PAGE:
all said in fractured English, "I think you go Thailand." Operational security kept the enlisted men out of the loop, but
the bar girls knew the scoop as their loose-lip customers let them in on the TOP SECRET.
Simeone continued, "When we arrived at the Udorn airstrip there was nothing in the area but a single
concrete airstrip and an abandoned air traffic control tower. Our first work detail was to open the air traffic control tower
and make it habitable. Years of neglect had made the structure home to many of northern Thailand's prolific insects. Cleaning
out years of spider and bug infestation was not a typical Marine combat engineer mission, but Marines pride themse;ves on
innovation and adaptability. There were no landing lights on the runway; we used smudge pots, lamps fueled by diesel
fuel to light up the runway in the event of an emergency night landing."
Four helicopters were in place at Udorn when President Kennedy approved 16 additional UH-34 Seahorses
to be transfered to the CIA, all to be crewed by U.S. military volunteers, half from the USMC and half from Army and Navy. UH-34s
were flown from the USS Bennington just after midnight 28 March 1961 by pilots Fonburg, Babitz, Sly, Clark, Meixner, Walton
and Buffington from HMR 163. The men were taken to a large house near the airport in Bangkok where they spent the night.
Later in the day a briefing was presented by Abadie. Don Rinker of security told pilots to fill out
paperwork for employment with Air America and to be creative about their backgrounds as to obscure their military connection.
Abadie led the flight of 16 UH-34s to Udorn 29 March 1961 after a refueling stop at Korat. The flight
took four hours and fifty minutes.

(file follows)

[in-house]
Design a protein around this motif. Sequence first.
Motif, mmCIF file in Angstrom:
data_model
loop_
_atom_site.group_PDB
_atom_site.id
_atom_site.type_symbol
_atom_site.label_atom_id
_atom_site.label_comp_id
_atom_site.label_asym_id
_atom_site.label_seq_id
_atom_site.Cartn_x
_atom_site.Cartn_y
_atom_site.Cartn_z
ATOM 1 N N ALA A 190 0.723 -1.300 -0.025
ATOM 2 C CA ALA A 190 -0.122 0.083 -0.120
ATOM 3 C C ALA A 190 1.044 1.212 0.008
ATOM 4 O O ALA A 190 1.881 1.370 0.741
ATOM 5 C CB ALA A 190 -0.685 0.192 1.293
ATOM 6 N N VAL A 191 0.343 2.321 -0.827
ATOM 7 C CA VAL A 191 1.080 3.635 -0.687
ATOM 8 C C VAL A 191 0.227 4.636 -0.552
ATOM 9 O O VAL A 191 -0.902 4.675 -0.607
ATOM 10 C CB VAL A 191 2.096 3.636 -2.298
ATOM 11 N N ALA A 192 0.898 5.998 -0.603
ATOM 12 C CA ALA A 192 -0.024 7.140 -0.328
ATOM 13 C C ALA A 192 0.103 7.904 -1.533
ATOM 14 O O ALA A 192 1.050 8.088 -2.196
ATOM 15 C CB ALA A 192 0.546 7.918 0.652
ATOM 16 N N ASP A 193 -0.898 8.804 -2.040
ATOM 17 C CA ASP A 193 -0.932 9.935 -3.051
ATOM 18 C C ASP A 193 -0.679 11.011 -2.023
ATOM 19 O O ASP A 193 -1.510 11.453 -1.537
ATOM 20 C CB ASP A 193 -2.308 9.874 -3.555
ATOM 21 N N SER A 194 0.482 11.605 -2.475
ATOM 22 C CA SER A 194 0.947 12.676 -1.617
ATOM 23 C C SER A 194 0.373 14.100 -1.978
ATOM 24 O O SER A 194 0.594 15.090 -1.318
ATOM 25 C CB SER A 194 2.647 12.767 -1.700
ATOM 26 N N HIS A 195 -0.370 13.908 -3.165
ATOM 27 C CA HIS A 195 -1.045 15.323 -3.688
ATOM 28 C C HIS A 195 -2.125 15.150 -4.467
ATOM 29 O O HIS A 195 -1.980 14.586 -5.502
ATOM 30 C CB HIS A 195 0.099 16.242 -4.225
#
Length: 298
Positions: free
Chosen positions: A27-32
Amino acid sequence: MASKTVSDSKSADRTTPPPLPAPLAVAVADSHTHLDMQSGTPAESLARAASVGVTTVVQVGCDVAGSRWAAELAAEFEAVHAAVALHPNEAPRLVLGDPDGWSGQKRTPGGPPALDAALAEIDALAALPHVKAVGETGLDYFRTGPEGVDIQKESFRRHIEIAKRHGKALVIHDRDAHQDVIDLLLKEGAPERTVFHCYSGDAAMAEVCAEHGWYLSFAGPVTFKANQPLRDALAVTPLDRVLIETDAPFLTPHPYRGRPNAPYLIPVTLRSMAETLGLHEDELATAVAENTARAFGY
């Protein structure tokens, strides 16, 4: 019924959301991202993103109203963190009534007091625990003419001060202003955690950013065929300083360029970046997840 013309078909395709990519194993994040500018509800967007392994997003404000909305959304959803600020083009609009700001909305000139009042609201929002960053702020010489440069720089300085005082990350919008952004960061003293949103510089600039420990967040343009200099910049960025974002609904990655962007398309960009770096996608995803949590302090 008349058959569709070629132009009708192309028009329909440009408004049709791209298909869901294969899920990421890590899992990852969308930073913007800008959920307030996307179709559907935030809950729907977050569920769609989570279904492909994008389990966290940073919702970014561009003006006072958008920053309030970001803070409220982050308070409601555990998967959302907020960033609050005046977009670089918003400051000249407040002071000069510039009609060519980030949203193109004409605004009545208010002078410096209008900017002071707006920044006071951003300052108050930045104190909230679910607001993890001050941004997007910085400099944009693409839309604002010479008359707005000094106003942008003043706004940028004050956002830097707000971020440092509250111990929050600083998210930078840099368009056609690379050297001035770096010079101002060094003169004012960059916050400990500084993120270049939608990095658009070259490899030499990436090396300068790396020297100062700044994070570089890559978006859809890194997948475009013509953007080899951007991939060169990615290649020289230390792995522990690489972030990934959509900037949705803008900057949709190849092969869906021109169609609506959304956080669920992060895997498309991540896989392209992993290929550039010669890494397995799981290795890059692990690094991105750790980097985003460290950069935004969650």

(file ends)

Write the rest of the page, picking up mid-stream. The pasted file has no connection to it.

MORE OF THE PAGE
Forrest Gillispie was with HMR-163 stationed in Okinawa in 1960 and assigned to the USS Bennington.
"We traveled between Hong Kong, Manila and Subic Bay in the South China Sea. After being recalled to our ship at Subic Bay
December 31, 1961, we set sail for Thailand. We had civilians onboard interviewing our men willing to temporarily leave the
service as civilians. I was interviewed but not selected. We painted all the aircraft in our squadron marking out all reference
to the Marines and all identification numbers. We assigned each with an alphabetical number from A to Z since we had 26 aircraft.
Personnel who were selected packed all their military gear, changed to civilian clothing and were flown from the ship."
"I was a personnel officer with MABS-16 when I arrived at Udorn in 1961." Wayne Knight explained. "I
returned to Okinawa in November 1961, received an expedited release from the Marine Corps and rejoined Air America. I stayed
on with them for another 13 years."
"We always used the 12/30 strip at Udorn. The old Japanese runway was our taxiway into the Air America
hangars and our flightline after we moved to the south side. It originally had a laterite surface and was extremely dusty.
Even helicopters taxied to the hardstand at the approach end of 30 for takeoff because of the dust."
Tim O'Reilly and members of the 7th Comm Bn arrived the third week in March, arriving from Kadena.
"We lived in a corner of a huge hangar arriving as part of the SEATO operation codenamed RAJATA. We had nice racks and mosquito
nets. Must have been 40 Marines living there. There were some Special Forces called Green Berets in the hangar too. I
was friendly with one of them and one day I asked where they disappear to every now and then. He said little except that they
were just getting their jump pay."
"One morning an Army guy asked if any of the Green Berets wanted to make a parachute jump. The group
went out to a plane sitting in the weeds near the concrete runway. They hand-pushed it to the runway then took off after awhile.
The plane circule up directly over the top of our hangar until they jumped. They landed as close to the hangar as possible,
picked up their chutes, threw them in the corner and went back to bed."
Tim explained another item of interest which many Udorners also noticed. "Something else that comes
to mind are the lizards. Each morning they made a funny clucking sound which sounded exactly like . . . FUCK YOU." - more -